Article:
With frustrating tech, unappealing appearance and a lack of quality of life streamlining, Torment: Tides of Numenera might actually be my biggest gaming-related disappointment since I bought an Atari Jaguar. Some of the complaints mentioned here, especially exploration (wrongly as load times weren’t this bad), could be leveled at Planescape: Torment, but many years have gone by with many new ideas to make gaming experiences more engrossing. To throw these out wholesale does a disservice to the modern gamer. Additionally, Tides of Numenera manages to find some brand new ways to be obnoxious. I’ve waited for patches and gave this game an inordinate amount of chances to no avail. If the writing weren’t so well done, I would be okay with giving it a low score alongside a few wisecracks and forget about it. Because inXile is telling a story that demands to be seen through but made it so tiresome to do so, I cannot help but feel a frothy, incandescent rage. This could, nay should, be so much better.

Review Date
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Torment: Tides of Numenera
Author Rating

  • secretfire

    You waited…all of two business days for a patch? What? The issues arn’t THAT bad dude, the same as any major rpg being released. Skyrim wouldn’t even TURN ON for my machine for a MONTH post release, and it was a friggin AAA game! It sounds as if you were mostly frustrated at the combat. The graphics and environmentals were gorgeous, and exploration was a wonderful joy. Combat was annoying, but tbh Torment is an RPG for people who hate combat anyways, and I expect it to be tweaked in patch. I mean, that would be fair criticism, but the overall tone I think is rather unfair.

    • You are Not a Victim

      “The graphics and environmentals were gorgeous”

      Are we looking at the same game?

      • Reginald Allouchery

        You sir need to run to the opthometrist right away..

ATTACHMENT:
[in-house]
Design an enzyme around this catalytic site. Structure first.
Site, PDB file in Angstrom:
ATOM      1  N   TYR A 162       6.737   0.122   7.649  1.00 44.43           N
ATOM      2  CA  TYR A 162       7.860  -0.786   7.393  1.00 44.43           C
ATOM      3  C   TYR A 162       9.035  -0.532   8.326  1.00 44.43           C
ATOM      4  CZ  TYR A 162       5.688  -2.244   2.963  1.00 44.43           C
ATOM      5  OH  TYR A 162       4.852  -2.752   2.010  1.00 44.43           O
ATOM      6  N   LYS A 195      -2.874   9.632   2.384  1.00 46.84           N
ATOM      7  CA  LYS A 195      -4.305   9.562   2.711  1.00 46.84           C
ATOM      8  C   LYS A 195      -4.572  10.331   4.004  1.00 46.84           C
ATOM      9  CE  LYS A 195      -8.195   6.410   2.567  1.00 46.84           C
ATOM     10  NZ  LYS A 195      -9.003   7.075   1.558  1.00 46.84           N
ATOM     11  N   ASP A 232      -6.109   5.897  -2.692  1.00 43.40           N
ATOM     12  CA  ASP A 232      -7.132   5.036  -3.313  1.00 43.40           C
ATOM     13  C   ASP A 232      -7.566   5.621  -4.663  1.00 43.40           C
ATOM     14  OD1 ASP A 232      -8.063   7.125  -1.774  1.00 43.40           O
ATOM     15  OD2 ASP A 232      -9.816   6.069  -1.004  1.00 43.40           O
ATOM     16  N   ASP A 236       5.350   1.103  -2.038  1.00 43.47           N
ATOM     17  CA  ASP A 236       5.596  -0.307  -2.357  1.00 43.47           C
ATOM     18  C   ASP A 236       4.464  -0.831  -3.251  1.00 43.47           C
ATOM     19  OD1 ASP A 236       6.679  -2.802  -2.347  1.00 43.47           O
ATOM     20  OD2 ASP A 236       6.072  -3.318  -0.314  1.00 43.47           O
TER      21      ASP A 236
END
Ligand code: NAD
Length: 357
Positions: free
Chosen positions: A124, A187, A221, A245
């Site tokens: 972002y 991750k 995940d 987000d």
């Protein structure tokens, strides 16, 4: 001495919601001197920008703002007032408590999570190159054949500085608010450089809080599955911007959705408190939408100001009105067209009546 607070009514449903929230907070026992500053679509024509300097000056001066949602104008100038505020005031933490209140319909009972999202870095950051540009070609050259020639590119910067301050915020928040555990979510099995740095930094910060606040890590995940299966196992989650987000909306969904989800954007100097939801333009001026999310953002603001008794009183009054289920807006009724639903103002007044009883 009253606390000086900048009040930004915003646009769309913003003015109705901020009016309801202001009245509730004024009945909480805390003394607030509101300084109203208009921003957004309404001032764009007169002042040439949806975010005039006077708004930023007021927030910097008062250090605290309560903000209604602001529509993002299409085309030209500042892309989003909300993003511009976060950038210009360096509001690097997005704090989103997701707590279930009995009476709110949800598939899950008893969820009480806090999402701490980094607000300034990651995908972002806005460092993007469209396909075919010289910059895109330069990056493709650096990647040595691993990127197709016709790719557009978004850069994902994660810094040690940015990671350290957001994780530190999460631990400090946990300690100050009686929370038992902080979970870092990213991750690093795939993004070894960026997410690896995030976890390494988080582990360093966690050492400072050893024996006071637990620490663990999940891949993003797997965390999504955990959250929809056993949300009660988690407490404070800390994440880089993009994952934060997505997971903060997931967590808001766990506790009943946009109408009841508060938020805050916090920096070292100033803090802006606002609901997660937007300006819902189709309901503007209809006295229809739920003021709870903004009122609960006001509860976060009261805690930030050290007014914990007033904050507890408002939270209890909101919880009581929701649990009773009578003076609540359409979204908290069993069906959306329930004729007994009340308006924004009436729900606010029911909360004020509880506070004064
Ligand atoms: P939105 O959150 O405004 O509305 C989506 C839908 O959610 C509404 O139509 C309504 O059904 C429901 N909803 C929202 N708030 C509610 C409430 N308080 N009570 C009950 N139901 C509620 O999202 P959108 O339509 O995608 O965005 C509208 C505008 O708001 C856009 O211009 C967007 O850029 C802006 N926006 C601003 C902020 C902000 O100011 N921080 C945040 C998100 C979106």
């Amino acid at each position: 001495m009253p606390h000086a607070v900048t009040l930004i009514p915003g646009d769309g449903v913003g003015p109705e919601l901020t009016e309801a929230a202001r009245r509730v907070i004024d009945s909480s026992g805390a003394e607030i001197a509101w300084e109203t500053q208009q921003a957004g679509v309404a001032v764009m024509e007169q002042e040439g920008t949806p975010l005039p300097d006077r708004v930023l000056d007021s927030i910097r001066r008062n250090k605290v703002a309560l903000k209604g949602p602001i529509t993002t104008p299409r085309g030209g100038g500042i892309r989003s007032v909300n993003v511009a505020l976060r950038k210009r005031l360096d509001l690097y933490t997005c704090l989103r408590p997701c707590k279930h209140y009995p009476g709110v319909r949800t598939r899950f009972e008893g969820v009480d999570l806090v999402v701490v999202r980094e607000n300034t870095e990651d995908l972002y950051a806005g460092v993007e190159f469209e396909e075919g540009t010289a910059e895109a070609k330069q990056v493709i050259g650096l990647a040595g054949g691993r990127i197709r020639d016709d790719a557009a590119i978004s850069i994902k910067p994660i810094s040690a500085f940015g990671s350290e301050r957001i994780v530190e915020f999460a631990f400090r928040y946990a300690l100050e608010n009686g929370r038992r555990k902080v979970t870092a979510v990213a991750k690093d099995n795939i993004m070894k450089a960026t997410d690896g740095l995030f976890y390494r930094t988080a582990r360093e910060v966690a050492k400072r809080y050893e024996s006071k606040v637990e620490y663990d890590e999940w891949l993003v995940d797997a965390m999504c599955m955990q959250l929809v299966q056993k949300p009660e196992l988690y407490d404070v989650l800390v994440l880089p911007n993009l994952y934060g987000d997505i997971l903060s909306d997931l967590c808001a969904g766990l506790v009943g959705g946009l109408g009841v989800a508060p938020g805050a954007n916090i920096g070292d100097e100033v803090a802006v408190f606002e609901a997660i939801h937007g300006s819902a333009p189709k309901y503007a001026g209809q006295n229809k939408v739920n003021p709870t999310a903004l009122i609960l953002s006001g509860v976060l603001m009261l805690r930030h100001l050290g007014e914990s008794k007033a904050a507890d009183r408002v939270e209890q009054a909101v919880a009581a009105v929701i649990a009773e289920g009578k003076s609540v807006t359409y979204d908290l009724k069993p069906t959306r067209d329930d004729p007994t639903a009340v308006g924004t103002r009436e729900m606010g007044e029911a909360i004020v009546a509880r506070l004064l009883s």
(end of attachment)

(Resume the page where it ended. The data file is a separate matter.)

• atnnta

      I think the reviewer’s complaints are valid. For my tastes, all aspects that I like in cRPGs, namely exploration, dynamic storytelling and combat, are tedious in this game. In particular, the decision to implement turn based combat in a game with so much text interaction makes exploration, combat and story telling tedious. I enjoyed the IE games when they were released (BG 1-2, Icewind Dale 1-2, Torment) and other similar games (Neverwinter Nights 1-2, Pillars of Eternity, Divinity Original Sin, etc.) so please don’t chalk it up to me just wanting another Dragon Age 43.

      • Sasha Kozak

        What? The storytelling is tedious? Did you play this game at all? The storytelling was not tedious at all, infact it was some of the best writing of the last 10 years in rpgs imo. Probably the best writing since Planscape torment or Mask Of The Betrayer for me.

        The combat needs work no doubt about that, but the writing is top notch and I found the exploration to be great to, I couldn’t wait to check out new areas and talk to new people. As someone who loved Planscape Torment, Icewind Dale and BG 1/2, this game was a wonderful surprise for me.

        I thought it woudl be average but it is actually pretty good other than the combat. I have also beat (and loved) Divinity, Wasteland 2 and Pillars Of Eternity, to me all of those and Torment are even, they each do som ethings better than the other but neither of them are perfect. Anyways just my two cents as someone who grew up playing these types of rpgs, the combat isn’t as good as PIllars or Divinity but the writing is MUCH better.

        • Jason Bohn

          I’m… confused. The writing was the one thing I praised to high heaven. Playing the game itself was tedious.

          • Sasha Kozak

            Now you have me confused.. I replied to the comment made by “atnnta” which was this “For my tastes, all aspects that I like in cRPGs namely exploration, dynamic storytelling and combat, are tedious in this game.”